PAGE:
I read a great blog the other day; Mind & Body Fit and How it Relates to Writing. I agreed with everything this blog said, and it made me reflect on the many tried paths of exercises I’d attempted (and failed) at in the past.
I’m not a person who’s ever been naturally inclined to exercise. If someone had given me the option of “couch potato-ing” with a bowl of popcorn and a Netflix binge-marathon, or a couple of laps around the park, I wouldn’t have hesitated to answer. In fact, I wouldn’t have answered. I’d have just gone to heat up the popcorn.
I had no idea of the array of mental benefits that exercise could give. I had always assumed it was purely for physical purposes, and where I’d always been a bit on the chubby side, it wasn’t enough of a motivation for me to really stick with it. That bar of chocolate won every time.
It didn’t help that all the exercises I’d tried, I didn’t particularly like. So, it felt like a huge chore to get up and do it. Jogging was a public exhibition of a red sweaty-faced nightmare, cycling seemed a big undertaking – having to battle with the evil forces of the garden shed in order to persuade it to release my bike from the clutches of old rakes and paint tins. Swimming was a no-go where I lived unless I could afford the extortionate gym prices.
Then the mindfulness revolution happened. Suddenly everyone around me is bending and contorting themselves into odd positions as the nation as a whole seems to discover yoga.
I stubbornly avoided it for a while, claiming that simply bending and stretching wouldn’t lose me any weight, it was far too slow and easy. I was under the impression that exercise had to make you nearly pass out before your body would drop an ounce of fat. (Thanks to all my school P.E. teachers for drilling that idea into me, it’s brought me a world of joy.)
Eventually, inevitably, I gave in and had a go at it.
First things first, yoga is NOT easy. I discovered this as I began shaking in every “basic” pose I attempted. I couldn’t believe how much strength and control you needed over your muscles to be able to do something that looked so simple.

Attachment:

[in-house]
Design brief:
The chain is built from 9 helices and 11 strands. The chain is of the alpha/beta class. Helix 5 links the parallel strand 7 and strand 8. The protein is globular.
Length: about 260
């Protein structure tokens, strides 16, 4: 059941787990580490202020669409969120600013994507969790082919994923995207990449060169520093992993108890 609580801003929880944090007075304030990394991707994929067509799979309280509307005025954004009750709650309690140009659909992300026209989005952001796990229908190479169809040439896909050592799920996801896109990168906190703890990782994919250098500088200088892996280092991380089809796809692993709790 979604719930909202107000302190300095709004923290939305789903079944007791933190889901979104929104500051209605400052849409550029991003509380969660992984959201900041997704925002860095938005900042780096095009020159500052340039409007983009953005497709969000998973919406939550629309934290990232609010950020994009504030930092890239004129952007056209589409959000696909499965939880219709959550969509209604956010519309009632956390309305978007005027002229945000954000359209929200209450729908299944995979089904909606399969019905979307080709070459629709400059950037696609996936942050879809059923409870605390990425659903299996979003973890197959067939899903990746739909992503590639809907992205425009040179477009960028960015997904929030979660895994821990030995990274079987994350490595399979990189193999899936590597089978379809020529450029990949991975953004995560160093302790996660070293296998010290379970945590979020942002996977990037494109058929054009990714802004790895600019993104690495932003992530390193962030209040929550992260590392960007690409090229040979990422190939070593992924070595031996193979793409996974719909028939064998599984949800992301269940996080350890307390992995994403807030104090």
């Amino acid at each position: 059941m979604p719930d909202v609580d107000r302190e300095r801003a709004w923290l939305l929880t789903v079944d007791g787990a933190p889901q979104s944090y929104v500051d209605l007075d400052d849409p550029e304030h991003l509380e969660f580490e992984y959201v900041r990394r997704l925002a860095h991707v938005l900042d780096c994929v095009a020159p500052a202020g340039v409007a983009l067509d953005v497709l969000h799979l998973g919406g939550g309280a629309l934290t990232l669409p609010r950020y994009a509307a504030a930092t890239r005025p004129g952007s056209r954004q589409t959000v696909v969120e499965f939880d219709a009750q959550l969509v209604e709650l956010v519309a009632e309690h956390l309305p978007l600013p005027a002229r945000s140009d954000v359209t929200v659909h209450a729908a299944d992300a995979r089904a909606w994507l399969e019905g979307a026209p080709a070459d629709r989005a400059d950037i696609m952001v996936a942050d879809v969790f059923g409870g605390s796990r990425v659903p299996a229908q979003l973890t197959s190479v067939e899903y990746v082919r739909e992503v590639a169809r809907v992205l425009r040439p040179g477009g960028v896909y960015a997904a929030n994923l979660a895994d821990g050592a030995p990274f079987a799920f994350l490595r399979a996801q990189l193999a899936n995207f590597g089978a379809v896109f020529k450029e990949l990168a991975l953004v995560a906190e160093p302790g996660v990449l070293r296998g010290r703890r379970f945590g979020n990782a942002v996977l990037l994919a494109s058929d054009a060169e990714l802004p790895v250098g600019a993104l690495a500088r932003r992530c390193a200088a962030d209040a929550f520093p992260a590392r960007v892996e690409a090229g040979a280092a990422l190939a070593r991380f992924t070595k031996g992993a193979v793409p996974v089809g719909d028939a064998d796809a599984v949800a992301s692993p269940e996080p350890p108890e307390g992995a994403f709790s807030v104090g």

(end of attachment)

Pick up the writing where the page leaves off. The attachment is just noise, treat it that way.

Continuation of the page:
Secondly, I realised…I loved yoga.
There was no arguing with the garden shed, no paranoia over how red and stinky I am in the street, no debating over whether to eat or pay for the gym that month. There was just me and an inexpensive yoga mat, with the quiet privacy of my front room.
Another thing I realised; I felt like a different person after yoga. Still me, but a better and lighter version of me. Words flowed out of my mind and I wanted to sit and write for hours after I’d done an hour’s session, as if it had been the key to unlocking my imagination. Everything felt easier. Things that had seemed like chores before suddenly became enjoyable, and I felt more grateful for everything in my life.
Apparently exercise releases the chemical serotonin in your brain, fondly nick-named “the happy chemical.” This does what it says on the tin and lifts your mood, helping you to feel less “stuck in a rut” emotionally and physically. It is often artificially produced by anti-depressant drugs to help people who suffer with mental health issues.
I sighed happily as I realised; I didn’t dislike exercise. I just hadn’t found the particular type of exercise I enjoyed doing. We’re all different and just because I don’t find any joy in rock-climbing or dancing, doesn’t mean that I didn’t enjoy moving my body in another way. Yoga is my key to fitness and although I’m still overweight for my height and age, I feel hope that one day I’ll be able to get to the point where I’m in a much healthier place. For now, yoga is helping me achieve my dreams of writing. It’s also improving my mental health and wellbeing. I’m calmer, happier, and more logical at the same time as being much more creative.
The other, wonderful side-effect of discovering this, is finding the key to my mind. Exercise has helped me unlock my writing potential. Words flow from my head, down my arms, through my fingers and onto my keyboard with joy, whereas before it would feel clunky and forced.
If you’re inclined to be a couch-potato, like I used to be, then I implore you to try some small experiments with different activities. Maybe you haven’t found your particular exercise? I bet it’s out there. You could be a secret footballer or karate expert. You could just fall in love with a weekly aqua-aerobics class. There are so many opportunities nowadays to do different things, we live in a world of possibility. Let the benefits of exercise help you towards achieving your own dreams, whatever they might be.